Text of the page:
or unclean, feces or urine or spittle or pus or
      blood. The earth is not troubled or worried or
      disgusted by any of these, nor is water or fire
      or wind or space. In this way, the Buddha gave a more
      detailed way to meditate on mind (sensations,
      perceptions, mental formations, consciousness) and body.

      The next meditation subjects explained by
      the Buddha will help eliminate harmful mental
      states: loving kindness will eliminate ill will,
      compassion will eliminate harming, sympathetic
      joy will eliminate aversion, equanimity will
      eliminate repugnance, contemplation of impurity
      will eliminate sensual desire, and the perception
      of impermanence will eliminate egotism. After
      explaining all these types of meditation, the
      Buddha then instructs Ven. Rahula in mindfulness
      of breathing in great detail, including attaining
      the absorption states (jhanas).

      Other of Buddha's Teachings on Meditation

      In the first discourse,[10] the Buddha tells the
      bhikkhus that it is important, when meditating, to keep
      concentration, effort, and equanimity in proper
      balance. If only concentration is developed, there
      will be a tendency to idleness. If there
      is too much effort, there will be a tendency to
      agitation. If equanimity is over emphasized, right
      concentration may not be attained. The Buddha
      compares this balancing with the way a goldsmith
      will heat crude gold and blow on it from time to
      time, sprinkle water on it from time to time, and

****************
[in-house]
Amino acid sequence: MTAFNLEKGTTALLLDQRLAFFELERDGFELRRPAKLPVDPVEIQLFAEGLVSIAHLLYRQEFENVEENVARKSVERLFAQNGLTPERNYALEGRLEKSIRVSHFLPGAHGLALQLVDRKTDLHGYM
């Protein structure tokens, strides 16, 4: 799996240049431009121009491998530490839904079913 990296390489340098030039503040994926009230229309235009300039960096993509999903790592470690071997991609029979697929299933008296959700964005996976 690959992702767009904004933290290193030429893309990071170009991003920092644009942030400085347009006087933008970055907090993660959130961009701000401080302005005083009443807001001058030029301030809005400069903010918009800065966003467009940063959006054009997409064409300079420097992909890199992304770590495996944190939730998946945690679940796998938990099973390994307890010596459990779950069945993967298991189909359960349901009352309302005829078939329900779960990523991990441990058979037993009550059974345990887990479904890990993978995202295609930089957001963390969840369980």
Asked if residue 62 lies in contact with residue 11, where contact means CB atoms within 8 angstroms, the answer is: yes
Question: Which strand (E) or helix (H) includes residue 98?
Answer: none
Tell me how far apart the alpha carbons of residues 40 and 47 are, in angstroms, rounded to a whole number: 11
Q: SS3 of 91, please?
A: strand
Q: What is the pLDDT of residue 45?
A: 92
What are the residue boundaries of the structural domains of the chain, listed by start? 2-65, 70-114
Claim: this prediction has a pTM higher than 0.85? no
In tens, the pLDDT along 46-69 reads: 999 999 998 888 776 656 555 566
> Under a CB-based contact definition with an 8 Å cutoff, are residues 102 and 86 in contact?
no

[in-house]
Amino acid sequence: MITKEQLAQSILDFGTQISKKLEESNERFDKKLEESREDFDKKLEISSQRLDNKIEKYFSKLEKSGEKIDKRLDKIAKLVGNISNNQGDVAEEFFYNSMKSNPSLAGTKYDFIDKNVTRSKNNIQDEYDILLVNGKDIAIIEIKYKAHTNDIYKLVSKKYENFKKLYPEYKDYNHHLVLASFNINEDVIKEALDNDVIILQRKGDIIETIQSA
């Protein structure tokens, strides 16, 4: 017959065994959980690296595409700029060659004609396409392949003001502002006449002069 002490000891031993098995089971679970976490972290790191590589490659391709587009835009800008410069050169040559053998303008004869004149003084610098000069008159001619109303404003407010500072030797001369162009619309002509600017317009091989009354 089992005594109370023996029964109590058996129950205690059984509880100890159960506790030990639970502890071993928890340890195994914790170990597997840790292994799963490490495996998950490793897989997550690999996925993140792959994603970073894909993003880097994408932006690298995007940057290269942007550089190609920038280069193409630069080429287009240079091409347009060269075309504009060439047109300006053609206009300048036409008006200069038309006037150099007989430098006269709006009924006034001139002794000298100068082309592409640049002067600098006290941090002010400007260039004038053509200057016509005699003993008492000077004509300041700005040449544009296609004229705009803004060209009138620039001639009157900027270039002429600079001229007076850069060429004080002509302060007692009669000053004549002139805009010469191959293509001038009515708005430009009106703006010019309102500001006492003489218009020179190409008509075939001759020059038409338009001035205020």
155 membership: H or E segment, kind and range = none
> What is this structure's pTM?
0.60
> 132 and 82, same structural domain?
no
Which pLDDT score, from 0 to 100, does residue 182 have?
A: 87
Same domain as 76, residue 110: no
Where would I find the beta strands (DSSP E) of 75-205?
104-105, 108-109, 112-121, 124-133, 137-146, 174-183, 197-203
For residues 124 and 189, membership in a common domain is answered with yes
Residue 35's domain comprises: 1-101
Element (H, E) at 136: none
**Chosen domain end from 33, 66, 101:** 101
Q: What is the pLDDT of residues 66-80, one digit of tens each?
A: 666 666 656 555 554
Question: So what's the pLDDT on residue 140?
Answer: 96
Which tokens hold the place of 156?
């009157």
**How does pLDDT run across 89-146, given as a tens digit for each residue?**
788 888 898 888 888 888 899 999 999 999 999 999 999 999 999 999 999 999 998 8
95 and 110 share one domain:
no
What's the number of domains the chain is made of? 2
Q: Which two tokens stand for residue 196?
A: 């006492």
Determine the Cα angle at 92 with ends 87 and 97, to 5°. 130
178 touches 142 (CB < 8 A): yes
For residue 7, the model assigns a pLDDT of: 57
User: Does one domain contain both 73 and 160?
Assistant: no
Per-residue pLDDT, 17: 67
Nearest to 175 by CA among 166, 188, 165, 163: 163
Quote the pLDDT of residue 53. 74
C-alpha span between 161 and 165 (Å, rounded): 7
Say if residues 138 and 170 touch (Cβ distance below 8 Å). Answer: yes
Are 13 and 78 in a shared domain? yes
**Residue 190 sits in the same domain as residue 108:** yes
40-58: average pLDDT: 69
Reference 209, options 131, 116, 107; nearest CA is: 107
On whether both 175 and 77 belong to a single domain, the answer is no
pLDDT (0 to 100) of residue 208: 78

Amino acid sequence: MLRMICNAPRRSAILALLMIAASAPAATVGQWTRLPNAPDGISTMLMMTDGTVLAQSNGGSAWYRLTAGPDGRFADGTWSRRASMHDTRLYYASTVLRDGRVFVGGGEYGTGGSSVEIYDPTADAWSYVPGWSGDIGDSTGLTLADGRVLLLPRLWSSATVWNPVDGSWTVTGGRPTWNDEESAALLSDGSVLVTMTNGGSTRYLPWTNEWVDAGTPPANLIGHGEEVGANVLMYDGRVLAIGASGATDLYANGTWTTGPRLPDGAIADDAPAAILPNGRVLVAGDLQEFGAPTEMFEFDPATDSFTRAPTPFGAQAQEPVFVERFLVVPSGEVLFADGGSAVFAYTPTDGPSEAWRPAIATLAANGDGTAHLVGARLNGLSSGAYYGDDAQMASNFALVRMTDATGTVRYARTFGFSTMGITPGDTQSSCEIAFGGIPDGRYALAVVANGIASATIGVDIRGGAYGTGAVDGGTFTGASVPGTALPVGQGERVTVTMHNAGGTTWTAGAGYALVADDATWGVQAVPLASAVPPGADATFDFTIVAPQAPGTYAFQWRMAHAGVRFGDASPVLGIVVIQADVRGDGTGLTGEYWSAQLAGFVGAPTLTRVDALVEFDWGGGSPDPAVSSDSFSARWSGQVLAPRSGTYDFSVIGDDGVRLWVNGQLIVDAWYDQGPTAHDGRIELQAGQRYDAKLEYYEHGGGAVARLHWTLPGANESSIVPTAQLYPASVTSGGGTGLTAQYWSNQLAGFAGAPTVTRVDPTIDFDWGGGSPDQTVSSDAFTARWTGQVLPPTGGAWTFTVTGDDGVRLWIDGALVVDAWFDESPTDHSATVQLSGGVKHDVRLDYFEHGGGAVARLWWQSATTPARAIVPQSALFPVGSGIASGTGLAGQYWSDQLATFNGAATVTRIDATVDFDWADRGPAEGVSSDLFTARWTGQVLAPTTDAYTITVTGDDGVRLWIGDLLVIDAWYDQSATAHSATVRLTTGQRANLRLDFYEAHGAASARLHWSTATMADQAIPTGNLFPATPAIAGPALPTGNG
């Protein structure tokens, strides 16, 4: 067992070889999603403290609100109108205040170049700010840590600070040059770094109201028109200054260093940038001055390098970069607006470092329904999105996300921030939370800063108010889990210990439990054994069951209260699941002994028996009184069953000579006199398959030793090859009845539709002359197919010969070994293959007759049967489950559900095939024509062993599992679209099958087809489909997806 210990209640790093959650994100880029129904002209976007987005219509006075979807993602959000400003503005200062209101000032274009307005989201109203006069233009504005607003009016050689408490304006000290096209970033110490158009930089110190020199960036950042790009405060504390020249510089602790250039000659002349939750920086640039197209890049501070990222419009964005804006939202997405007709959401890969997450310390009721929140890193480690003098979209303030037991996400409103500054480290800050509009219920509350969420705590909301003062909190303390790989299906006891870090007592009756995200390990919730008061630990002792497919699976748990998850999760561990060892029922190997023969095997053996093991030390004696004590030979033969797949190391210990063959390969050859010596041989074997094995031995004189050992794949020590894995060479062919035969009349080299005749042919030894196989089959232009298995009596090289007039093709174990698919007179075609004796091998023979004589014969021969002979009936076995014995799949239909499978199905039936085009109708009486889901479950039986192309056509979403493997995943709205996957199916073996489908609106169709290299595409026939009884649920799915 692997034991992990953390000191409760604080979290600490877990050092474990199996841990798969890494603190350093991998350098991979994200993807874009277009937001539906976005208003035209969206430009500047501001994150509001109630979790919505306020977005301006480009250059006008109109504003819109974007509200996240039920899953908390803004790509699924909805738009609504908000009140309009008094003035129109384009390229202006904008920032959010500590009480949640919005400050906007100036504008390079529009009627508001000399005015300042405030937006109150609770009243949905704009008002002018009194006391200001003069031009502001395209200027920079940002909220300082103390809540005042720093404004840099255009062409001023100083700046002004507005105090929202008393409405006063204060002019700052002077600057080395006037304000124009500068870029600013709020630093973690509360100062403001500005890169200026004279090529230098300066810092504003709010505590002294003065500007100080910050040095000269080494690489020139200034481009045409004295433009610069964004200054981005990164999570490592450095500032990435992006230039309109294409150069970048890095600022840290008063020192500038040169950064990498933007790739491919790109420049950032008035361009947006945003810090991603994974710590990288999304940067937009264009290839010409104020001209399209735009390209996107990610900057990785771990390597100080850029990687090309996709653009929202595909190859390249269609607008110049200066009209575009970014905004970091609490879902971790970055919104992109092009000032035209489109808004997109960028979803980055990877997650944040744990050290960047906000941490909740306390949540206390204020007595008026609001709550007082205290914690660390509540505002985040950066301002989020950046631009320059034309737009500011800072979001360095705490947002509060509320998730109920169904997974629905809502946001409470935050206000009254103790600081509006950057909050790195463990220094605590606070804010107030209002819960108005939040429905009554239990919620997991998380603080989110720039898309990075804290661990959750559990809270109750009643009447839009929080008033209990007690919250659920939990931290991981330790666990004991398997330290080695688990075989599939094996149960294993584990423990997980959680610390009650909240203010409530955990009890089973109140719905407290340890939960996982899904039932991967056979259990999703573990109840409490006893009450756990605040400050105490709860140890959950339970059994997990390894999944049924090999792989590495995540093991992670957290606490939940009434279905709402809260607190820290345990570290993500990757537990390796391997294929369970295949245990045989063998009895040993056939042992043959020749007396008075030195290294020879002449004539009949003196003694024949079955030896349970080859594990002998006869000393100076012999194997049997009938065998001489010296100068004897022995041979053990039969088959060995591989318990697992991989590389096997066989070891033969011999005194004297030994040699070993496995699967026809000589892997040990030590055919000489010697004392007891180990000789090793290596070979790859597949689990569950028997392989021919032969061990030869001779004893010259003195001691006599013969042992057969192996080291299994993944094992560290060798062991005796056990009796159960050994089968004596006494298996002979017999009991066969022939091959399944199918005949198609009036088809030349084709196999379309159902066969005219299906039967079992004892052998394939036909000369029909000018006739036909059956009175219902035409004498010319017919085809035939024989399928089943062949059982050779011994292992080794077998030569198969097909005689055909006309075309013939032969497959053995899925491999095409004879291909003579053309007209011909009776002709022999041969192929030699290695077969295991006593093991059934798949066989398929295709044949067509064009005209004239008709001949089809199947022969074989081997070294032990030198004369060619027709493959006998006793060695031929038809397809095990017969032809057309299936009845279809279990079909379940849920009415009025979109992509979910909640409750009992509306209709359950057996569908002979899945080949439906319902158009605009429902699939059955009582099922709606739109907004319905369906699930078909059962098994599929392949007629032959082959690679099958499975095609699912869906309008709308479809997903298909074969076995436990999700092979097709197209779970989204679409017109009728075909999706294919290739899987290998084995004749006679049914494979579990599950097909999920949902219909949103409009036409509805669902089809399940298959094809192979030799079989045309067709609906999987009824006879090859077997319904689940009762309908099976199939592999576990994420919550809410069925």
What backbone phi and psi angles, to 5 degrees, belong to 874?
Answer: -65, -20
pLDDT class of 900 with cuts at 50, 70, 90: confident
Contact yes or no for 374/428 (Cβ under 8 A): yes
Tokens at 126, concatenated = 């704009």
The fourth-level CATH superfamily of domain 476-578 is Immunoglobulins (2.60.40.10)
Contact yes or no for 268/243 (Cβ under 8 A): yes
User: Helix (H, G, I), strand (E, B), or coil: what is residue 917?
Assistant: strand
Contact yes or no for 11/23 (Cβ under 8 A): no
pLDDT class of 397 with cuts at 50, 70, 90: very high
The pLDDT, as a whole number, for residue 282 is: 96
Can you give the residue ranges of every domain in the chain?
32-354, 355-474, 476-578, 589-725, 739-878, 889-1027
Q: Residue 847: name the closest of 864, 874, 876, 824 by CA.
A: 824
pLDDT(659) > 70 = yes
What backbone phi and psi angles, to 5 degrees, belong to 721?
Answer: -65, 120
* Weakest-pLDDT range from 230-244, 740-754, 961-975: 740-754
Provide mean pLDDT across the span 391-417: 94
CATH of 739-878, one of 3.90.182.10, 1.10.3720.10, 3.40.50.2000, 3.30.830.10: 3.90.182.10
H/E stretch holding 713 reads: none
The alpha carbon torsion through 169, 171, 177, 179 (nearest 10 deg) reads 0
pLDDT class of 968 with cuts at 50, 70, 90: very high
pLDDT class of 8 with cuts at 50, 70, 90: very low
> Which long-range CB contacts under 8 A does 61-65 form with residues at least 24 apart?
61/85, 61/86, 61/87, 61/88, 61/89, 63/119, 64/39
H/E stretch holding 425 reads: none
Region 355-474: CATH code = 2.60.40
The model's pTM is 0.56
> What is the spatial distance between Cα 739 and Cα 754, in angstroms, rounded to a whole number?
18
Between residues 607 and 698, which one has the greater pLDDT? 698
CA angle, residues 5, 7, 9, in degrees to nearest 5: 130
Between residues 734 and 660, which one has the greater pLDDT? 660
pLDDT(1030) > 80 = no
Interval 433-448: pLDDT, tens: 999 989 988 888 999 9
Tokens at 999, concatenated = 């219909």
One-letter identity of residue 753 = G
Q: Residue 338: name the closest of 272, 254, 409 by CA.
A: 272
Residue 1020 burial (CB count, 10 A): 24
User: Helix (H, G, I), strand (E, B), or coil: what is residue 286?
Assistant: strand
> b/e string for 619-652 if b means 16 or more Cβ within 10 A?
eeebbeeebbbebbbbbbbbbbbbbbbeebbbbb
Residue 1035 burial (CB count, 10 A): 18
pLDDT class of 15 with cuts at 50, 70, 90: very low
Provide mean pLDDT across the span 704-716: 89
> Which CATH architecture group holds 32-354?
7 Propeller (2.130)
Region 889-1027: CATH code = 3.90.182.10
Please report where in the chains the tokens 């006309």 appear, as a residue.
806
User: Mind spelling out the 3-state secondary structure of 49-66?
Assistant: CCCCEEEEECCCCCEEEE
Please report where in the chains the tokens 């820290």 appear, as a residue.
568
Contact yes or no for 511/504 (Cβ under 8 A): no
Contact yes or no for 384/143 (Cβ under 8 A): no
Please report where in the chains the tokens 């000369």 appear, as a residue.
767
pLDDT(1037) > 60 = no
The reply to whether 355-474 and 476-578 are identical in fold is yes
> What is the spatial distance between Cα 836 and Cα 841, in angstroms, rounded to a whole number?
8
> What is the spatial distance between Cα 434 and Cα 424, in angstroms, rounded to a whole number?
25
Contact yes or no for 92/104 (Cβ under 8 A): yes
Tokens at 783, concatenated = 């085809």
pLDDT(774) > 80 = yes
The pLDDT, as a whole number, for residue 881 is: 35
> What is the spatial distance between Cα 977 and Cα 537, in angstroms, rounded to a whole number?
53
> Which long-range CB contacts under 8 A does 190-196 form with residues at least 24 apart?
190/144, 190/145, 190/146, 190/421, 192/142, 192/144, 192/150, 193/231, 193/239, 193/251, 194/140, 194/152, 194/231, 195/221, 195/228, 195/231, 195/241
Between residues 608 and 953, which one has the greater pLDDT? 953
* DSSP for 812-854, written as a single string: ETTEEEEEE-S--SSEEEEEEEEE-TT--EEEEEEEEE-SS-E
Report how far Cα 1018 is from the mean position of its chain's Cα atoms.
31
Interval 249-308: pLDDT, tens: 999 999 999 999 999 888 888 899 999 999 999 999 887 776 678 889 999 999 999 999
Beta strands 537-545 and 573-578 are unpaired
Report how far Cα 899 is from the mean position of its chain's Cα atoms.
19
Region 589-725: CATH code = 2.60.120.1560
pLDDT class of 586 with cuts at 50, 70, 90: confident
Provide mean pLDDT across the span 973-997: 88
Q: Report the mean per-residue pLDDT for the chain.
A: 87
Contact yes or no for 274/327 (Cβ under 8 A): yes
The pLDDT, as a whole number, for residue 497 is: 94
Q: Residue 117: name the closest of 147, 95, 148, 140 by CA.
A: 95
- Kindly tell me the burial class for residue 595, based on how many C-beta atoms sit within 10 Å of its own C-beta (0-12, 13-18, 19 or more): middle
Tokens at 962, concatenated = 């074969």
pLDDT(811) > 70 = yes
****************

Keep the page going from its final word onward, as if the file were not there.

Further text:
examine it from time to time. If he overdoes any
      one of these, he will not properly prepare his gold.

      The second discourse of the Buddha deals with
      attaining supreme coolness (i.e., Nibbana).
      He says the meditator should be intent on
      six things: on restraining the mind when necessary,
      on exerting the mind when necessary, on gladdening
      the mind when necessary, on observing the
      ind with indifference when necessary, on the
      supreme [goal], and on delighting in Nibbana.

      The third discourse by the Buddha deals with knowing
      the right time to develop the Factors of Awakening.
      When the mind is sluggish, the factors of tranquility,
      concentration, and equanimity should not be
      developed. When the mind is sluggish, the factors
      of investigating mental states, energy, and rapture
      should be developed. When the mind is elated,
      the opposite is true. The factor of mindfulness
      can be developed at all times, however.

      The Buddha's discourse to Ven. Rahula discussed above
      does not go into detail about the senses. In "The Shorter
      Exhortation," given to his son when Ven. Rahula
      was twenty-one, the Buddha instructs him in
      contemplation of the various aspects of the six
      senses: sight, hearing, smell, taste, touch, and
      mental activity. This meditation subject was
      given because the Buddha realized that Ven. Rahula
      was mature in his understanding and ready for the
      highest attainment, Arahatship.

      The Buddha gives three things to be realized
      concerning every aspect of the senses: each aspect
      is impermanent (anicca), misery (dukkha), and
      must be considered as, "This is not mine, I am
      not this, this is not my self" (in other words,
      anatta, no-self). The various aspects to be
      considered include the sense organ (the eye, ear,
      nose, tongue, body, mind), the object perceived
      by the sense organs (material forms, sounds,
      smells, tastes, tangible objects, mental objects),
      the types of consciousness arising from the coming
      together of the sense organ with an
      object, the associated mental consciousness,
      and the four mental aggregates that are the result
      of this, namely sensations, perceptions,
      mental formations, and consciousness. When
      all this is understood correctly, it will lead
      to turning away, to being dispassionate, and to
      freedom. Realizing that freedom has been attained
      will come at the highest stage of development, when
      the meditator knows, "Birth is destroyed; the
      holy life has been fulfilled; what should be done
      has been done; there is no future life after this."